Travel Hazards

Travelers’ Diarrhea

How to Avoid It

Travelersone of the most common travel-related illnesses among international travelers, especially when visiting resource-poor regions of the world. Infection typically occurs when ingesting food or drink contaminated with diarrhea-causing bacteria, viruses or parasites. Unfortunately, even in five-star establishments, food handlers who do not wash their hands can transmit infections to you. The following tips may help you avoid this problem:

  • Drink bottled water or water you know has been brought to a boil.
  • Drink beverages containing only boiled or bottled water (e.g., coffee, tea).
  • Drink beverages from a sealed can or bottle (e.g., carbonated drinks). Be aware that refilling bottles with tap water is a common practice worldwide.
  • Drink beverages without ice.
  • Do not brush your teeth with tap water.
  • Do not drink fresh-squeezed juices or consume unpasteurized dairy products.
  • Do not eat raw vegetables, salads or salsas. Thin-skinned fruit should be avoided, but thick skinned fruits you can wash and peel yourself are generally safe.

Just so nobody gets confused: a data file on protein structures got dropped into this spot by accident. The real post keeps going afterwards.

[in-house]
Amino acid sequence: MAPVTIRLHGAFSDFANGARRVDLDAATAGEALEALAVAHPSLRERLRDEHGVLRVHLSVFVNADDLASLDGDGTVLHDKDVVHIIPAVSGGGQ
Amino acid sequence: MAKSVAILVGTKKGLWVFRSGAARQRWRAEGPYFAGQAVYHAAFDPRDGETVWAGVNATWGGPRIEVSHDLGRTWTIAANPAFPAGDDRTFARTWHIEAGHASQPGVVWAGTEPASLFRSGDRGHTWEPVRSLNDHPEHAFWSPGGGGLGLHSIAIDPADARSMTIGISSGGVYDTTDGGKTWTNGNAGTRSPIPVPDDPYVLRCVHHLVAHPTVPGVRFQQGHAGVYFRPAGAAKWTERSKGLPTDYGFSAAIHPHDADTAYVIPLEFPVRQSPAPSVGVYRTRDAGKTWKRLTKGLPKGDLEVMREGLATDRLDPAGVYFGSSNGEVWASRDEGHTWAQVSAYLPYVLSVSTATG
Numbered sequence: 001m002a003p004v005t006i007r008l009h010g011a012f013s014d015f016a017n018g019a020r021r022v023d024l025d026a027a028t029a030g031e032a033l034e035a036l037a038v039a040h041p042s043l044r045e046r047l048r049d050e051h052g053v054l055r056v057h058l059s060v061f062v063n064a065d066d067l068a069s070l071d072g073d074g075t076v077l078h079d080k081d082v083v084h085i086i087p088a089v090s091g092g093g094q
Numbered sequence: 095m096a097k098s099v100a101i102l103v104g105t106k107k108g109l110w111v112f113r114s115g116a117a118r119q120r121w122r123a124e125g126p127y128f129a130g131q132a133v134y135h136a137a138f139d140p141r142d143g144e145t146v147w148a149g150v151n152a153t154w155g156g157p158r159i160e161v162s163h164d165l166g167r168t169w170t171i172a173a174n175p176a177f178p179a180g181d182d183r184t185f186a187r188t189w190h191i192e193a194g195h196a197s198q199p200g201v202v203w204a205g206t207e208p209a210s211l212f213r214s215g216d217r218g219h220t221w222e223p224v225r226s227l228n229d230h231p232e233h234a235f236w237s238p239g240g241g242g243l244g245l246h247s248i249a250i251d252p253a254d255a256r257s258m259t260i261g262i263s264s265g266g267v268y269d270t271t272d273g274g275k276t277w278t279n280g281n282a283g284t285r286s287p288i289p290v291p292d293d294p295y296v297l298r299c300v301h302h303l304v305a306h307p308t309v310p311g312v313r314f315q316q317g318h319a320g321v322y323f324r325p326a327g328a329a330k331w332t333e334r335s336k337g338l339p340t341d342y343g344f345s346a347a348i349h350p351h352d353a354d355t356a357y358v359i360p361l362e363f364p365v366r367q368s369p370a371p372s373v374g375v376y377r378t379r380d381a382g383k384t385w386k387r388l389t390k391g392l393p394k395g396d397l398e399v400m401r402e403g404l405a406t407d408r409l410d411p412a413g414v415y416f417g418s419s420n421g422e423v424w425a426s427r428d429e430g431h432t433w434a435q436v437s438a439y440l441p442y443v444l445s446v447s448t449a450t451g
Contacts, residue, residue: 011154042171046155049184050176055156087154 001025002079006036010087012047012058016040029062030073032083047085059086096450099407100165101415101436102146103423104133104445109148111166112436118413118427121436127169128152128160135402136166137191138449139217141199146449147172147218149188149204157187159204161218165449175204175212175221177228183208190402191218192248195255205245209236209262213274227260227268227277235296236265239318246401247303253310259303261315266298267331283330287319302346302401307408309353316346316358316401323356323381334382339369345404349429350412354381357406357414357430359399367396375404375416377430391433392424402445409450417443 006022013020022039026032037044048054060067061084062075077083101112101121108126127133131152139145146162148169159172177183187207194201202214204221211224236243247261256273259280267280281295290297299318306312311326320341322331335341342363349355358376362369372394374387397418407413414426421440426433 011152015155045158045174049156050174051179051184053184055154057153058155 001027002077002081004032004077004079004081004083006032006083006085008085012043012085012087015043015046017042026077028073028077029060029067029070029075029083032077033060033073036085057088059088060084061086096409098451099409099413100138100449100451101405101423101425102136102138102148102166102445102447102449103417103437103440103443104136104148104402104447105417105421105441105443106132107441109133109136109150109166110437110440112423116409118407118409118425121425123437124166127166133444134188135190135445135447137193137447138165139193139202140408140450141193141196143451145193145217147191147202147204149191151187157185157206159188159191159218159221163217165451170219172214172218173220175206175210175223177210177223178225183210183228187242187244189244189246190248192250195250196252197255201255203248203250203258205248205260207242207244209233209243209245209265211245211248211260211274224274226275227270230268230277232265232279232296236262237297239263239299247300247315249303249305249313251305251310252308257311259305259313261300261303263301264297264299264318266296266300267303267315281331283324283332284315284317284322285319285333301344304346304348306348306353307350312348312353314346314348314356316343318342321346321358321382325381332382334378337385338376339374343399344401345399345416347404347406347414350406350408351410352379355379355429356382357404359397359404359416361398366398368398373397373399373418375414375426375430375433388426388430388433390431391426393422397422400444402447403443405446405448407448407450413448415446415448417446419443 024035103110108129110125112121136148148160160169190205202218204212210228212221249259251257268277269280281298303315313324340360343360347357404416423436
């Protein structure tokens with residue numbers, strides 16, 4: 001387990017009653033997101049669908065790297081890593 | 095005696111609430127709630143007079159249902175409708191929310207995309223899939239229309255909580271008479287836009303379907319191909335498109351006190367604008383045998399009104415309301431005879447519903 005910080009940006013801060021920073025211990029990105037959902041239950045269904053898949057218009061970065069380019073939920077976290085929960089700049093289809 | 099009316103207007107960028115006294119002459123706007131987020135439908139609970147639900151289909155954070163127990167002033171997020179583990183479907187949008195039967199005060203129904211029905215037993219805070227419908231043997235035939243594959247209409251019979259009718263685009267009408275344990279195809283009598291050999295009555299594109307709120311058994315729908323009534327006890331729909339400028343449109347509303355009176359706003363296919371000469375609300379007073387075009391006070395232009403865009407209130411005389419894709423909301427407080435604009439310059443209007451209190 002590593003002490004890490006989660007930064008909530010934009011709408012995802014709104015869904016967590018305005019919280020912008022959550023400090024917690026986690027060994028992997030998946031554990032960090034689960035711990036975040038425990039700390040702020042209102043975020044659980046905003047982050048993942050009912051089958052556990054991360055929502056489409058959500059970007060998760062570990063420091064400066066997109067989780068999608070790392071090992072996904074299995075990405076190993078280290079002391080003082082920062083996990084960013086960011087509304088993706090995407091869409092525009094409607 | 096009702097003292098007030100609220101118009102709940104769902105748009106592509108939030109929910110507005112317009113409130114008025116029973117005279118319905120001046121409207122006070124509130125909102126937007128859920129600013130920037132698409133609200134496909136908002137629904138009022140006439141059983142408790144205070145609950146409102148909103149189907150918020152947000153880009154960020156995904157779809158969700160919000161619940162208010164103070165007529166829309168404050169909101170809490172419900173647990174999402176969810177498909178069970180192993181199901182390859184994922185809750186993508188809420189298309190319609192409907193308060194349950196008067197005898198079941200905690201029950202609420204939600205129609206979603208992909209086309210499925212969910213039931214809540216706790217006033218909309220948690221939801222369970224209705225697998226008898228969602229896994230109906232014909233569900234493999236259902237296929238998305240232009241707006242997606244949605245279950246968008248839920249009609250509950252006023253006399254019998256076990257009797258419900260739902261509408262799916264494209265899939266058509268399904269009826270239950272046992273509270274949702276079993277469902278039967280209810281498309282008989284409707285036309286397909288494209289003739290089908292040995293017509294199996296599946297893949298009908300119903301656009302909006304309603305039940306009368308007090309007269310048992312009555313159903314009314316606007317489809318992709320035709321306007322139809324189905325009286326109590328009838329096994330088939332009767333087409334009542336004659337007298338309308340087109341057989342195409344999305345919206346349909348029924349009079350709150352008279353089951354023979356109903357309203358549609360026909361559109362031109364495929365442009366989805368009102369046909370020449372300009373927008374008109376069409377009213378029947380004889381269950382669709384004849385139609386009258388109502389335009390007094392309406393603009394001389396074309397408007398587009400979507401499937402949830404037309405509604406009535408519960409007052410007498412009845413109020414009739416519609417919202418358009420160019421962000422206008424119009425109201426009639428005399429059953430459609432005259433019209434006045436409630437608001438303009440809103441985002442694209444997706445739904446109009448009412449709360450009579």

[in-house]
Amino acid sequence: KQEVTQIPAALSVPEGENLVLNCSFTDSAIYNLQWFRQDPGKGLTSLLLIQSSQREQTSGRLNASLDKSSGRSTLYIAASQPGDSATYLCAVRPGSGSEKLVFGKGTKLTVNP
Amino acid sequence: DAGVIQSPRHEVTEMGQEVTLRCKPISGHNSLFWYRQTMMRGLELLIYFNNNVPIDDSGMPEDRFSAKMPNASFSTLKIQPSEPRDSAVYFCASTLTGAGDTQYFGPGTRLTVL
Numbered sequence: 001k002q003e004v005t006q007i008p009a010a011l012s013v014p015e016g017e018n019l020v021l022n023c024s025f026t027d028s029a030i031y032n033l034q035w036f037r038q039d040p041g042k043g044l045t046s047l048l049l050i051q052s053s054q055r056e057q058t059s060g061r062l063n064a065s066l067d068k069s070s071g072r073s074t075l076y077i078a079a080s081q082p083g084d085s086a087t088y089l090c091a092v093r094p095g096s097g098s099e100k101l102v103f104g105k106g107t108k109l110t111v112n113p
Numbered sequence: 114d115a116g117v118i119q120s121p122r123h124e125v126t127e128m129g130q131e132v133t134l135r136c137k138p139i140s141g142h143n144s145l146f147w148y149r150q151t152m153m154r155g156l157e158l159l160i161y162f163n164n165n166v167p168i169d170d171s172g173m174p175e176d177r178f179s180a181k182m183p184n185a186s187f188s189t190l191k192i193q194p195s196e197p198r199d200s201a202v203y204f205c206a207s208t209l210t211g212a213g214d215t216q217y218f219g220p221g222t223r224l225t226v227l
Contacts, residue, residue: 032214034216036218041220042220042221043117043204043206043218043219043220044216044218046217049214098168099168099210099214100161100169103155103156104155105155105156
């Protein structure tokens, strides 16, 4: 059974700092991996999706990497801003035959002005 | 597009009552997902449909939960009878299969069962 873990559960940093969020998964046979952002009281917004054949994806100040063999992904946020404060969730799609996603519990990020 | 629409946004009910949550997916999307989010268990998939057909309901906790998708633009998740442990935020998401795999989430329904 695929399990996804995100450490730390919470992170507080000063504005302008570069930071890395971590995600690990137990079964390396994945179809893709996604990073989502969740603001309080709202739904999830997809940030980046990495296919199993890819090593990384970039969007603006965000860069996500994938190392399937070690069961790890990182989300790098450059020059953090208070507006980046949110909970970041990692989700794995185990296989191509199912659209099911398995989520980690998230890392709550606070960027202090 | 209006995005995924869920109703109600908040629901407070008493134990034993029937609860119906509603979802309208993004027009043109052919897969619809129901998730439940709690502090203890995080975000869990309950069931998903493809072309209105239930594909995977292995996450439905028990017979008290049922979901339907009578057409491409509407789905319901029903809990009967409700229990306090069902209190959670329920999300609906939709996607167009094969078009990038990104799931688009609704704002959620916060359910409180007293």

• When traveling to areas where bottled or boiled water is not readily available, water purification tablets or devices can be important to bring.
  • Do not consume raw or undercooked meat, fish or shellfish or unpasteurized dairy products.
  • Do not eat food sold by street vendors. While freshly cooked foods that are steaming hot are safer, food handling and utensils might be unhygienic in street-side establishments.
  • Do not eat room-temperature sauces.
  • Avoid foods sitting for long periods of time (i.e., hot food should be hot; cold food should be cold).
  • Alcoholic beverages are generally safe, but adding alcohol to other beverages does not sterilize them. And beware of the ice cubes!
  • Adults who are not allergic to aspirin and are not taking aspirin-containing drugs may consider taking Pepto-Bismolas directed for prevention of diarrhea during short-term trips.